BCTF president Jim Iker, left, B.C. Education Minister Peter Fassbender, centre, and the B.C. government's chief negotiator Peter Cameron, right, all met on Wednesday. CBC
With just days to go before the scheduled start of the school year, a meeting between B.C. Education Minister Peter Fassbender and teachers' union president Jim Iker has failed to settle their long-running contract dispute.
Leaving the meeting, Peter Cameron, the government's chief negotiator, said two major issues were raised at the meeting, the B.C. teachers' legal grievance and the ongoing strikes and lockout.
After a decade of court battles, the provincial government is still appealing a B.C. Supreme Court ruling that it violated teachers' rights when it stripped them of specific bargaining provisions in 2002.
Cameron told reporters outside the meeting on Wednesday the minister suggested a truce, opening schools, entering mediated talks and "parking" the teachers' grievance issue.
A short while earlier, B.C. Teachers' Federation president Jim Iker told reporters outside the meeting there were no real new ideas offered in the meeting.
Iker also said he wants mediation to begin and says it's up to veteran mediator Vince Ready to call parties together.
Professional mediator Ready agreed earlier this month to work with the groups, but also said he can't start working until teachers and government are closer to agreeing to terms.
Meanwhile, Minister Fassbender echoed Cameron's description of the meeting, saying he had proposed putting the strikes on hold for two weeks and entering mediation as soon as Ready called the parties together.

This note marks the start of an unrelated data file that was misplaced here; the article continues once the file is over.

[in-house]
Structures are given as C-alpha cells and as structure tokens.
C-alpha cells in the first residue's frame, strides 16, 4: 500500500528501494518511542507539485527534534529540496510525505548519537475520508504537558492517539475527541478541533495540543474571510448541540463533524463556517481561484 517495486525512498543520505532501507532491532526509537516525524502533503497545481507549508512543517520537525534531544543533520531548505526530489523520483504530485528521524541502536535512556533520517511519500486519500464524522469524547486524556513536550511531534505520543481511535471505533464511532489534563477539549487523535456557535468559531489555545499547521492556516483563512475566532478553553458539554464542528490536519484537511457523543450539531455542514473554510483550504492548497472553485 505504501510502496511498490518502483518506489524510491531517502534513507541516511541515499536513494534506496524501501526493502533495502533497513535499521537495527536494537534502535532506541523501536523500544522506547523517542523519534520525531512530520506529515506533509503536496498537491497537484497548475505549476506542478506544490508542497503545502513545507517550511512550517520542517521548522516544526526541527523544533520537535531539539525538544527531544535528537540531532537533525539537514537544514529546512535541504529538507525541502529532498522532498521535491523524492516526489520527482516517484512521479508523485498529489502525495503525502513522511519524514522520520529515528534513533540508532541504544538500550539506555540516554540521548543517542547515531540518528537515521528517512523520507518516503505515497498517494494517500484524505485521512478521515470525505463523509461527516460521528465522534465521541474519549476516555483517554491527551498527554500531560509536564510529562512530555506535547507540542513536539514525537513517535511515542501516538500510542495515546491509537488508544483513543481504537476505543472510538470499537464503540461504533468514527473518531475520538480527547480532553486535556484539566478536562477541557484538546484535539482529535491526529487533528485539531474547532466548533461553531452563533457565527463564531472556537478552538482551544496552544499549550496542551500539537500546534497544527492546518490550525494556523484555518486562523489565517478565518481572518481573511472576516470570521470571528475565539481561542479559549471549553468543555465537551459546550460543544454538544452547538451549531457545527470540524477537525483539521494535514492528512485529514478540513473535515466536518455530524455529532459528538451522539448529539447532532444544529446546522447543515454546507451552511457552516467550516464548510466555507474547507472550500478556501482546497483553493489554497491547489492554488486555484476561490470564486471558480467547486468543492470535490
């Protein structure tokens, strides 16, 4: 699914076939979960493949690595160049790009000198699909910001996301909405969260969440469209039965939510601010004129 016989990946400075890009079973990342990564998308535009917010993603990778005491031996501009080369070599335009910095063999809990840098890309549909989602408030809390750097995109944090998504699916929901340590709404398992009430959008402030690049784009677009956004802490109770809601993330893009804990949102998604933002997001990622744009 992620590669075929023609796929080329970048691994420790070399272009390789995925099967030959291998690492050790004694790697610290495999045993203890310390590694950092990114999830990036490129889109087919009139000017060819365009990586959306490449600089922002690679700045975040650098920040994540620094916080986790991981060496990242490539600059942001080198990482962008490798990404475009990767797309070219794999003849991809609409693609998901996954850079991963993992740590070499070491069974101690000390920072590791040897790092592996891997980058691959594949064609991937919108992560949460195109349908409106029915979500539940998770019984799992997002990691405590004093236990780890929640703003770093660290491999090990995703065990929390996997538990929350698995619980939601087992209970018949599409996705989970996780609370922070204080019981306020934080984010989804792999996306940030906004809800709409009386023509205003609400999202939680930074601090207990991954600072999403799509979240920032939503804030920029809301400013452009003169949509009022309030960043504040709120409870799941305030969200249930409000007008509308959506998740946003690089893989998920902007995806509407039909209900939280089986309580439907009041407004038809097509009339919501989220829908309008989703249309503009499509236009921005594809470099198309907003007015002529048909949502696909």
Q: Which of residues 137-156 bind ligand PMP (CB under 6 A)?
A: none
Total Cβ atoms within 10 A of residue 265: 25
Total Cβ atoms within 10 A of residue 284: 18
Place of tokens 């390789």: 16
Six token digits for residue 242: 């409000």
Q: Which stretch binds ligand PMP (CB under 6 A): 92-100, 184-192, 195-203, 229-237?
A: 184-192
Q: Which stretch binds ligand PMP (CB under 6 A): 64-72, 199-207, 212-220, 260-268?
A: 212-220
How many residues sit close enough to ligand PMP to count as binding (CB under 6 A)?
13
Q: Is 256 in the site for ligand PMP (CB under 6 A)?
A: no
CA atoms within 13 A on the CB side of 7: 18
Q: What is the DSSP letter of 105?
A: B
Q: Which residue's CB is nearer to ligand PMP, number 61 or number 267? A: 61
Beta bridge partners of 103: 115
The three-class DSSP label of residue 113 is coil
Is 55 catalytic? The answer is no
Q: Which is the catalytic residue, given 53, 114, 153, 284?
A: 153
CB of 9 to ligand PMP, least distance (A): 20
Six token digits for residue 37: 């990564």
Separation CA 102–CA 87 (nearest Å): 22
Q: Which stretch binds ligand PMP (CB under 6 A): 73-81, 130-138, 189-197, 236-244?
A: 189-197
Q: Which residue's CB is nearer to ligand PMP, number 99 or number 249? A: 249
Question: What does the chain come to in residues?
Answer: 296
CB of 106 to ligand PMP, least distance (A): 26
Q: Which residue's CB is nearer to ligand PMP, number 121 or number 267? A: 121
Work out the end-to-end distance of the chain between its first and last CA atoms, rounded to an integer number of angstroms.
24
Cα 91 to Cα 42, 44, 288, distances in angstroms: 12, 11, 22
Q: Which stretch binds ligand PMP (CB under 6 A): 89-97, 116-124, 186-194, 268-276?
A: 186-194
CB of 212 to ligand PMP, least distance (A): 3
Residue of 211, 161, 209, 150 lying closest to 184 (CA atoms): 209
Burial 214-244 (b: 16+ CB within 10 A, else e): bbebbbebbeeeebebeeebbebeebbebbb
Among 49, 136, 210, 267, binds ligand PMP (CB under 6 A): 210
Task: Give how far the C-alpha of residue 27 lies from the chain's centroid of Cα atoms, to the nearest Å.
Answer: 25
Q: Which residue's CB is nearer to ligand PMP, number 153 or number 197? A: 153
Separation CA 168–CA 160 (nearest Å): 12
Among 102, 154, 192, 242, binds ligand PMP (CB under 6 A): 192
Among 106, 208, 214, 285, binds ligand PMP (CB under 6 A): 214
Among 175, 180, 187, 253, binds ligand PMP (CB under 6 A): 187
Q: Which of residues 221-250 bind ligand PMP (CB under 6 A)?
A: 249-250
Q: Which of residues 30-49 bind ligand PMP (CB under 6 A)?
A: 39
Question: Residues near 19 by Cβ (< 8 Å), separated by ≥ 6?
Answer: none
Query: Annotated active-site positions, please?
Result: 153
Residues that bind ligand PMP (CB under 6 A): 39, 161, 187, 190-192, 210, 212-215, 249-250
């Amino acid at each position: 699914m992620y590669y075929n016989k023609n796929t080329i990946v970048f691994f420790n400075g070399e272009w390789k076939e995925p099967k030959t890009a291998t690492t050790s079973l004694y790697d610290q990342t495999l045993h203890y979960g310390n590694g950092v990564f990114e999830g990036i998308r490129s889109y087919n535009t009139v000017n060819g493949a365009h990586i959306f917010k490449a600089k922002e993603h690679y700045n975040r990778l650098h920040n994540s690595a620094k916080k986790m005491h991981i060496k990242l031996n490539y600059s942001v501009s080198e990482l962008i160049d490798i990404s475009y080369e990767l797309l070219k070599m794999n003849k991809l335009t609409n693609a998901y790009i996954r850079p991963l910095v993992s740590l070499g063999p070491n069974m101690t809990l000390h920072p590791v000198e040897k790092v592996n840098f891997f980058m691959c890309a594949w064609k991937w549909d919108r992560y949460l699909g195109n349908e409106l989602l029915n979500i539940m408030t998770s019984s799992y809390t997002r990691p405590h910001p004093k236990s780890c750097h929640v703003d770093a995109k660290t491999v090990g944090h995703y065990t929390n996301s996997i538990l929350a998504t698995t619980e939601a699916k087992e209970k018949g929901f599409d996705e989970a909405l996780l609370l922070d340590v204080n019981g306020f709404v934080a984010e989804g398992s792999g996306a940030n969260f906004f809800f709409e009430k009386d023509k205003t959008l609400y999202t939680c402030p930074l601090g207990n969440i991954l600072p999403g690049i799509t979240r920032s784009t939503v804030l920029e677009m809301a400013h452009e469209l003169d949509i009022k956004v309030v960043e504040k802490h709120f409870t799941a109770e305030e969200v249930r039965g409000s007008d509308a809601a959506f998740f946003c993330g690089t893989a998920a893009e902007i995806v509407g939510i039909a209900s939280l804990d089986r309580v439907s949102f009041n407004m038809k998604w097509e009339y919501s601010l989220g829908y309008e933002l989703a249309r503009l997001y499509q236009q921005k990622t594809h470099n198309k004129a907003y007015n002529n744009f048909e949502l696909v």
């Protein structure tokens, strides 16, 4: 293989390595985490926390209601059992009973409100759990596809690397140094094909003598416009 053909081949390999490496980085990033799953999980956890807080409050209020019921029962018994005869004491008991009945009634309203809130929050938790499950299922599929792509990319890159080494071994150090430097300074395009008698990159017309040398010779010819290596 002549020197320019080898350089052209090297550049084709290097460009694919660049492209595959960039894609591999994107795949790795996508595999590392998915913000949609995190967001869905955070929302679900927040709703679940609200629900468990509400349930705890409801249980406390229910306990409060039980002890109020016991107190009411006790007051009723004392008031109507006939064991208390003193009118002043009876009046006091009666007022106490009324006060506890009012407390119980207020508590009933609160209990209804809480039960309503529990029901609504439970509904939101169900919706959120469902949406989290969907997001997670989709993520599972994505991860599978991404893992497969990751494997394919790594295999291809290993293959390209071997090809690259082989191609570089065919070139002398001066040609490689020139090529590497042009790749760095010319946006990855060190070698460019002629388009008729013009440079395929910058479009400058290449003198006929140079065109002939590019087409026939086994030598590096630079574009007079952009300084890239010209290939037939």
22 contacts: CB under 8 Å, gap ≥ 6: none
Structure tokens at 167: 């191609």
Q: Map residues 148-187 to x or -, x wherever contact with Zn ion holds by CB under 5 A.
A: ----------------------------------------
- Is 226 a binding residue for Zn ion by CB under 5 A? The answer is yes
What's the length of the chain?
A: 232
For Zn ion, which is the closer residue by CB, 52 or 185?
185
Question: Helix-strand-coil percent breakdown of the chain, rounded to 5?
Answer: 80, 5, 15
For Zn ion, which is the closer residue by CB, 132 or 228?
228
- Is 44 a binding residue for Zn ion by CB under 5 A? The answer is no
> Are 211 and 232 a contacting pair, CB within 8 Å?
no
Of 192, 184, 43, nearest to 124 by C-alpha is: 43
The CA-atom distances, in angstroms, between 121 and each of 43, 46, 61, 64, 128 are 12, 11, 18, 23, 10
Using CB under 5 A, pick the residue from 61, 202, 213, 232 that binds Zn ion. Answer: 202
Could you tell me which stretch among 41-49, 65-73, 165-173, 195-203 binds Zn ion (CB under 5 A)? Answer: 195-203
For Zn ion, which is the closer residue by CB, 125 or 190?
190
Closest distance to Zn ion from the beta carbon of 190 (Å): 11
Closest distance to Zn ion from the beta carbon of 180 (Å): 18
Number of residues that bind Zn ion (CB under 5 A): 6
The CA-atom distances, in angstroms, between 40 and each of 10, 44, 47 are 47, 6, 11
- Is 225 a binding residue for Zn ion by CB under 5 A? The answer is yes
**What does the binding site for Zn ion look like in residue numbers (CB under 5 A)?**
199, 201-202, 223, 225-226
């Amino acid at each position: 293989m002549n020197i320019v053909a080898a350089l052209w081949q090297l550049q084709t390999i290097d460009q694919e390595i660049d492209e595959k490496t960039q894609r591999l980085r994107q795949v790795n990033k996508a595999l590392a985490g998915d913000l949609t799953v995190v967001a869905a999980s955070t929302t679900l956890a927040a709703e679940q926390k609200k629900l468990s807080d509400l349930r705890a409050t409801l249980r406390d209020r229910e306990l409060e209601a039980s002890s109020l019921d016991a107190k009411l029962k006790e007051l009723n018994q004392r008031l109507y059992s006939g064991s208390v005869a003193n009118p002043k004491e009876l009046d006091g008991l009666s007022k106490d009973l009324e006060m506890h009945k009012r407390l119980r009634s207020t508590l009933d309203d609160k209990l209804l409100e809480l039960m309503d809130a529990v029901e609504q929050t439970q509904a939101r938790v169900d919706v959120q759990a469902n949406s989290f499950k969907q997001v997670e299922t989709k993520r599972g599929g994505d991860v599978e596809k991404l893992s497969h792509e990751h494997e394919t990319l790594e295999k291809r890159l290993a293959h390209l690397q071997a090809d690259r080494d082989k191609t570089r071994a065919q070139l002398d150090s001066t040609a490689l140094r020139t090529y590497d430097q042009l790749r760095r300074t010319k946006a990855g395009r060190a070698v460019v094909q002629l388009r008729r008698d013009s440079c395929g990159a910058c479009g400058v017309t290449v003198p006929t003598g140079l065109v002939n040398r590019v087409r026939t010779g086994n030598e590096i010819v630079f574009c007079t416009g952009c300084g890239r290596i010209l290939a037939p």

Fassbender said halting the strikes for two weeks would give Ready enough time to try to mediate a deal but Fassbender says Iker had told him he would need to hold a union vote first.
Summer of silence
The meeting in Victoria comes after a summer of limited discussions and media blackouts, and could give renewed hope to parents expecting the ongoing teachers' strike to delay the start of the new school year.
The province's 40,000 public school teachers began the strike two weeks before the end of the last school year, calling for higher wages and more control over class sizes and composition.
The B.C. Teachers' Federation president got a standing ovation at the union's summer leadership conference on Sunday, when he said teachers are ready to enter into mediation, if only the province would agree to make it happen.
"My message to the minister today and his rhetoric of 24/7 bargaining is let's see it. How about tomorrow? Let's get this deal done," Iker said on Sunday.
"The holdout has been government and their unwillingness to enter full-scale mediation and compromise...We're ready to negotiate anytime. We've been ready all summer."
In the meantime, the BCTF has said a rotating picket schedule will be in effect again at schools across the province this week, with picket lines going up in Vancouver, Langley and Kamloops on Monday.
Classes at B.C. public schools were scheduled to resume Sept. 2 for the start of the 2014-15 school year. The government has promised to pay parents $40 per school-aged child for every school day that is missed due to the strike.
During his speech Sunday, Iker called the province's $40-a-day offer a "bribe" and said it has been "incredibly unhelpful."
The government has promised it will not legislate teachers back to work and has warned parents to be prepared for children to be out of school until the contract dispute is settled.
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